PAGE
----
We are not who they say we are

'We are not who they say we are' tells the story of Arcoiris, a group of LGBTQI+ human rights defenders in Honduras. In recent years the organisation has faced mounting attacks and threats following relentless public abuse and stigmatisation. Prejudice from the police and judiciary means that these attacks go largely unpunished, making it one of the most dangerous countries in the world to be an LGBT+ human rights defender. Our interviews reveal both the severity of the risks they face and their determination to further their struggle.

  • Manu Valcarce
    The Transit Workers of Singapore, The Other Side of Rio, The Search, The Life Beyond
  • Susi Bascon
    The Defenders, La Busqueda, Media Freedom in Honduras
  • PBI Honduras
  • Project Type:
  • Genres:
    Human Rights
  • Runtime:
    18 minutes 26 seconds
  • Completion Date:
    January 20, 2020
  • Country of Origin:
    United Kingdom
  • Country of Filming:
  • Language:
  • Film Color:
  • First-time Filmmaker:
  • Student Project:
Director Biography - Manu Valcarce

Manu is a documentary photographer and filmmaker based in London. He has worked on projects ranging from the lives of Muslim transsexuals living in Jakarta, Indonesia, to those affected by austerity in rural Spain.

His work has been screened in the Tate Modern as part of the Uniglo Tate Lates and exhibited in solo and collective shows as well as photography festivals. He has been shortlisted for Travel Photographer of the Year, AOP Open Awards, Portrait Salon UK and National Geographic Travel Photo Contest.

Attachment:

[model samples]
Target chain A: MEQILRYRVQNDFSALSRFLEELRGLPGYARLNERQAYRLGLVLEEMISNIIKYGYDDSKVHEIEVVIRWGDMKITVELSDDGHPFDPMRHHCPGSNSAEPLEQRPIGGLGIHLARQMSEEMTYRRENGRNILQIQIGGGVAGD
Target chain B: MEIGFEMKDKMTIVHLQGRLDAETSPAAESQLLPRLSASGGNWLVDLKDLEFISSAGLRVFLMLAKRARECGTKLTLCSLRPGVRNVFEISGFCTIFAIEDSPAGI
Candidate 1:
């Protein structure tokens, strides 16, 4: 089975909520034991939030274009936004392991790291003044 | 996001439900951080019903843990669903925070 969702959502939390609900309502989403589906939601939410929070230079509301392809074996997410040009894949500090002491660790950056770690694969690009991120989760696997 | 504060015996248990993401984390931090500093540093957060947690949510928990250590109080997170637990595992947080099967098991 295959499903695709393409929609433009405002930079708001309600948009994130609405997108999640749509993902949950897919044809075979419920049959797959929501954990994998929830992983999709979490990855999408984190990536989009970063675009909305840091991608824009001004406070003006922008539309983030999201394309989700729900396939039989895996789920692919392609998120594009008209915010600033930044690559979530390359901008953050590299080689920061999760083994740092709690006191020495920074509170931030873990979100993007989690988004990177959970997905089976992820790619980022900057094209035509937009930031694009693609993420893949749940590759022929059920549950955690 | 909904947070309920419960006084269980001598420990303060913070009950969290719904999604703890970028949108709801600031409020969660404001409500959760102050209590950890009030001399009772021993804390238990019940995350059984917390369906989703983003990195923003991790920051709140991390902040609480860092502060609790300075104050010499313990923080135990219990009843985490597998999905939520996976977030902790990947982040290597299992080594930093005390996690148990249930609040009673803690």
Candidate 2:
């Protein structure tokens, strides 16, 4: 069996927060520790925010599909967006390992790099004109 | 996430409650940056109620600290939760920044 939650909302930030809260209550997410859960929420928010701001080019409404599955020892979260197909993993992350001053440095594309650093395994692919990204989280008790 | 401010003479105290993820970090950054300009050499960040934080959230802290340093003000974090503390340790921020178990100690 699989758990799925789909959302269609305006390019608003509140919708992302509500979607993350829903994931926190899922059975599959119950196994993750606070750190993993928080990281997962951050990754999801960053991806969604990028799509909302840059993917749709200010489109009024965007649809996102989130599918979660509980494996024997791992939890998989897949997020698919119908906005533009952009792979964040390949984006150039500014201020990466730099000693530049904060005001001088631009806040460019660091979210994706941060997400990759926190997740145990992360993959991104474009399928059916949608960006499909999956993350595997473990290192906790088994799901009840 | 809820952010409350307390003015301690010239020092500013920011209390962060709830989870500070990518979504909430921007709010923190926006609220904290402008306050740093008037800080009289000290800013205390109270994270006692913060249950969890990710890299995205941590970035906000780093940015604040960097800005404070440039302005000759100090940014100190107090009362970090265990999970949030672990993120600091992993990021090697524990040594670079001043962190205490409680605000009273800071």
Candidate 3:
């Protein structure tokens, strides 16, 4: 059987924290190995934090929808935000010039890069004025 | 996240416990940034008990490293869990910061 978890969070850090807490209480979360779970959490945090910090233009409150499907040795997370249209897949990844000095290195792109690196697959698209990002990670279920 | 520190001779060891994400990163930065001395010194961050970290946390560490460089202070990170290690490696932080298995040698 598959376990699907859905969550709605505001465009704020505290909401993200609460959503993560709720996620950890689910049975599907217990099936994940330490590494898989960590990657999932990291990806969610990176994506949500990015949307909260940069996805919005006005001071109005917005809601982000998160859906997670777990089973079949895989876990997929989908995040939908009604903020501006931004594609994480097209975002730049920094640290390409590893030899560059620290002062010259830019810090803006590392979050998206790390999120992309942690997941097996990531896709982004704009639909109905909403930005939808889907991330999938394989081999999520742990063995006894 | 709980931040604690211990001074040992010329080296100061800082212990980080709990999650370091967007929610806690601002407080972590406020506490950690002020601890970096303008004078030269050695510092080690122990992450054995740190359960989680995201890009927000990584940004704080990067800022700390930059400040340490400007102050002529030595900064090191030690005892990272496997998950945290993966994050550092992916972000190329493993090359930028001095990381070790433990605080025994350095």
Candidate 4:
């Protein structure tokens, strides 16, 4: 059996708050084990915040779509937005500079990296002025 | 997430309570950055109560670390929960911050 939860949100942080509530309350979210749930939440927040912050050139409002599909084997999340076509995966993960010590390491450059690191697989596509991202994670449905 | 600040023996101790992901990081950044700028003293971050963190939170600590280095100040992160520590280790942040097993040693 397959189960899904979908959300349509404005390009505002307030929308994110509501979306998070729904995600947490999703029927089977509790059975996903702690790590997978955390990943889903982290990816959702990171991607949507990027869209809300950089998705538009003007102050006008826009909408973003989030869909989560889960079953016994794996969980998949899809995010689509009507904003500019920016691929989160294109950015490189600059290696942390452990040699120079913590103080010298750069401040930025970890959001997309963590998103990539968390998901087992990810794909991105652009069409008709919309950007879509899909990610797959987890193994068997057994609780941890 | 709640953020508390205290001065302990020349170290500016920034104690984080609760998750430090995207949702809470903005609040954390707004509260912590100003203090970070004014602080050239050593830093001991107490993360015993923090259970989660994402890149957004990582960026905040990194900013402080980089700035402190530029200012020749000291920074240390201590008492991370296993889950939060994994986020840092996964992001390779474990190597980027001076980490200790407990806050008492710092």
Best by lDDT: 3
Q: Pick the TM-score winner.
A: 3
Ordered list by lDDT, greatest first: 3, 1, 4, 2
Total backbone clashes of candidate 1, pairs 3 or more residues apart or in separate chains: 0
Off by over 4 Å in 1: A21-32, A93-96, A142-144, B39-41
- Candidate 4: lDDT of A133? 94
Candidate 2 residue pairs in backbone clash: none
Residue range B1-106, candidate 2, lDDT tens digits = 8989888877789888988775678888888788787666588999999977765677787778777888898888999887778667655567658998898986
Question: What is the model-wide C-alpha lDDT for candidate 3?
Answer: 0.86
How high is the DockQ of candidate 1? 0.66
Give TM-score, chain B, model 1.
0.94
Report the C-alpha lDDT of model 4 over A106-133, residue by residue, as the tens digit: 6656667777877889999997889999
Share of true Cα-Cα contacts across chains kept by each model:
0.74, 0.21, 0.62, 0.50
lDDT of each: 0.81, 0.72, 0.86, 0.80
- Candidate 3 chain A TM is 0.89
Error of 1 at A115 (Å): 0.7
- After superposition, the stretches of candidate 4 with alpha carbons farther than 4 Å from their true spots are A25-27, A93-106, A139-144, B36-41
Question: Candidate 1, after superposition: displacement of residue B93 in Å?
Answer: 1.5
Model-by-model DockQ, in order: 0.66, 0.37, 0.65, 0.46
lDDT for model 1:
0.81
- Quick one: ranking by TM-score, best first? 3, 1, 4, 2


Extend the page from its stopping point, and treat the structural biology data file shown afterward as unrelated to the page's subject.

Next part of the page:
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Director Statement

As a gay man growing up in 1990s Spain - when attitudes were not as open-minded as they are today - I can relate to the pain suffered by the LGBT+ community in countries yet to experience that transformation. Growing up with repression at home, glares and verbal abuse in the streets, and negative representation in the media persist all over the world.

However, the situation in Honduras went beyond anything I could have experienced or even imagined. The LGBT+ community often talks of posttraumatic growth, and I saw in these incredible human rights defenders an example of how to direct your pain to fight passionately for your rights, and to help others going through similar experiences. I learned so much about the resilience and solidarity of my community, which I found deeply inspiring.